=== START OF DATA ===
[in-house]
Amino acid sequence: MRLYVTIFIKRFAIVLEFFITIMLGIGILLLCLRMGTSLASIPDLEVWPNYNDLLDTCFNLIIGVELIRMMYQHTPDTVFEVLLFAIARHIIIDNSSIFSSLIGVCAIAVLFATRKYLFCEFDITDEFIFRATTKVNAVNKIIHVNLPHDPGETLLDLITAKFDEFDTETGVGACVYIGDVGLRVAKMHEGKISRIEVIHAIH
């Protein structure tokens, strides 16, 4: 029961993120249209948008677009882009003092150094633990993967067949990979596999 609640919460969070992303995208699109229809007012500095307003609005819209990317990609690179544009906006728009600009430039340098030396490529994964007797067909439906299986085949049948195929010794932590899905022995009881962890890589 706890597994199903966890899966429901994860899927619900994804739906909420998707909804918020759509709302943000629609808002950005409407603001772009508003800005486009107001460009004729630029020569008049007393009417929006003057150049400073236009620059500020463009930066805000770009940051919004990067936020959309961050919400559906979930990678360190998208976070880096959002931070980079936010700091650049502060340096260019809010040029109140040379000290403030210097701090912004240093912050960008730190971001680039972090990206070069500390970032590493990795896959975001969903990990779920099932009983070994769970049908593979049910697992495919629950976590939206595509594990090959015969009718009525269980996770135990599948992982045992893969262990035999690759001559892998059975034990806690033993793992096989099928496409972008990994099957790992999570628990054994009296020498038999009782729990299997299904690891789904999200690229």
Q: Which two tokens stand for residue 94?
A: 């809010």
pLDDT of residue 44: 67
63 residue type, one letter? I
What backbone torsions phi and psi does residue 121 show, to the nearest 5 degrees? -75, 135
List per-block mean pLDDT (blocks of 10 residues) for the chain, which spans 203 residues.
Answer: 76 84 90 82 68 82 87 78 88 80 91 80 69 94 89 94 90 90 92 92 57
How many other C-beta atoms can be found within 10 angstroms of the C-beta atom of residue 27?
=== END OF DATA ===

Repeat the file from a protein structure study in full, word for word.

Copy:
[in-house]
Amino acid sequence: MRLYVTIFIKRFAIVLEFFITIMLGIGILLLCLRMGTSLASIPDLEVWPNYNDLLDTCFNLIIGVELIRMMYQHTPDTVFEVLLFAIARHIIIDNSSIFSSLIGVCAIAVLFATRKYLFCEFDITDEFIFRATTKVNAVNKIIHVNLPHDPGETLLDLITAKFDEFDTETGVGACVYIGDVGLRVAKMHEGKISRIEVIHAIH
């Protein structure tokens, strides 16, 4: 029961993120249209948008677009882009003092150094633990993967067949990979596999 609640919460969070992303995208699109229809007012500095307003609005819209990317990609690179544009906006728009600009430039340098030396490529994964007797067909439906299986085949049948195929010794932590899905022995009881962890890589 706890597994199903966890899966429901994860899927619900994804739906909420998707909804918020759509709302943000629609808002950005409407603001772009508003800005486009107001460009004729630029020569008049007393009417929006003057150049400073236009620059500020463009930066805000770009940051919004990067936020959309961050919400559906979930990678360190998208976070880096959002931070980079936010700091650049502060340096260019809010040029109140040379000290403030210097701090912004240093912050960008730190971001680039972090990206070069500390970032590493990795896959975001969903990990779920099932009983070994769970049908593979049910697992495919629950976590939206595509594990090959015969009718009525269980996770135990599948992982045992893969262990035999690759001559892998059975034990806690033993793992096989099928496409972008990994099957790992999570628990054994009296020498038999009782729990299997299904690891789904999200690229």
Q: Which two tokens stand for residue 94?
A: 């809010």
pLDDT of residue 44: 67
63 residue type, one letter? I
What backbone torsions phi and psi does residue 121 show, to the nearest 5 degrees? -75, 135
List per-block mean pLDDT (blocks of 10 residues) for the chain, which spans 203 residues.
Answer: 76 84 90 82 68 82 87 78 88 80 91 80 69 94 89 94 90 90 92 92 57
How many other C-beta atoms can be found within 10 angstroms of the C-beta atom of residue 27?